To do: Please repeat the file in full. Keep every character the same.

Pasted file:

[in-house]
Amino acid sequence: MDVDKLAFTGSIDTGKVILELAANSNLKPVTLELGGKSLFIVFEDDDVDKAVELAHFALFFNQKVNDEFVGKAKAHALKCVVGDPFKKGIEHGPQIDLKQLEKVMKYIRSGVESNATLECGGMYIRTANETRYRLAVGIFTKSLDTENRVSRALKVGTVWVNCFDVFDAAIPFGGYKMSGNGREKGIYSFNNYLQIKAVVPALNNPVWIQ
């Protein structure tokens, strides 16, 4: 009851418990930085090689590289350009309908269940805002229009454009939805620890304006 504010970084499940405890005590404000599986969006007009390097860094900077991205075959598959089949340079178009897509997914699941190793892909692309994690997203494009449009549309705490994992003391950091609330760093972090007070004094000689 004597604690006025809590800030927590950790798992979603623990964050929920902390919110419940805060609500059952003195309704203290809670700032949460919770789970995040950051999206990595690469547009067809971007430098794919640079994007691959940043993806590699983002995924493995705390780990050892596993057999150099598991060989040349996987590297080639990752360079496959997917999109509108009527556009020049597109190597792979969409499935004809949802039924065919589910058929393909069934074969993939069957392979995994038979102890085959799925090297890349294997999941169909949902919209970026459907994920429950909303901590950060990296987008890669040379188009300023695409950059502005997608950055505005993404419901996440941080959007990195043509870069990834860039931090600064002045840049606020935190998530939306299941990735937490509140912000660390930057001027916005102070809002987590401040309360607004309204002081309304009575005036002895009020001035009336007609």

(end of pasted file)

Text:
[in-house]
Amino acid sequence: MDVDKLAFTGSIDTGKVILELAANSNLKPVTLELGGKSLFIVFEDDDVDKAVELAHFALFFNQKVNDEFVGKAKAHALKCVVGDPFKKGIEHGPQIDLKQLEKVMKYIRSGVESNATLECGGMYIRTANETRYRLAVGIFTKSLDTENRVSRALKVGTVWVNCFDVFDAAIPFGGYKMSGNGREKGIYSFNNYLQIKAVVPALNNPVWIQ
């Protein structure tokens, strides 16, 4: 009851418990930085090689590289350009309908269940805002229009454009939805620890304006 504010970084499940405890005590404000599986969006007009390097860094900077991205075959598959089949340079178009897509997914699941190793892909692309994690997203494009449009549309705490994992003391950091609330760093972090007070004094000689 004597604690006025809590800030927590950790798992979603623990964050929920902390919110419940805060609500059952003195309704203290809670700032949460919770789970995040950051999206990595690469547009067809971007430098794919640079994007691959940043993806590699983002995924493995705390780990050892596993057999150099598991060989040349996987590297080639990752360079496959997917999109509108009527556009020049597109190597792979969409499935004809949802039924065919589910058929393909069934074969993939069957392979995994038979102890085959799925090297890349294997999941169909949902919209970026459907994920429950909303901590950060990296987008890669040379188009300023695409950059502005997608950055505005993404419901996440941080959007990195043509870069990834860039931090600064002045840049606020935190998530939306299941990735937490509140912000660390930057001027916005102070809002987590401040309360607004309204002081309304009575005036002895009020001035009336007609």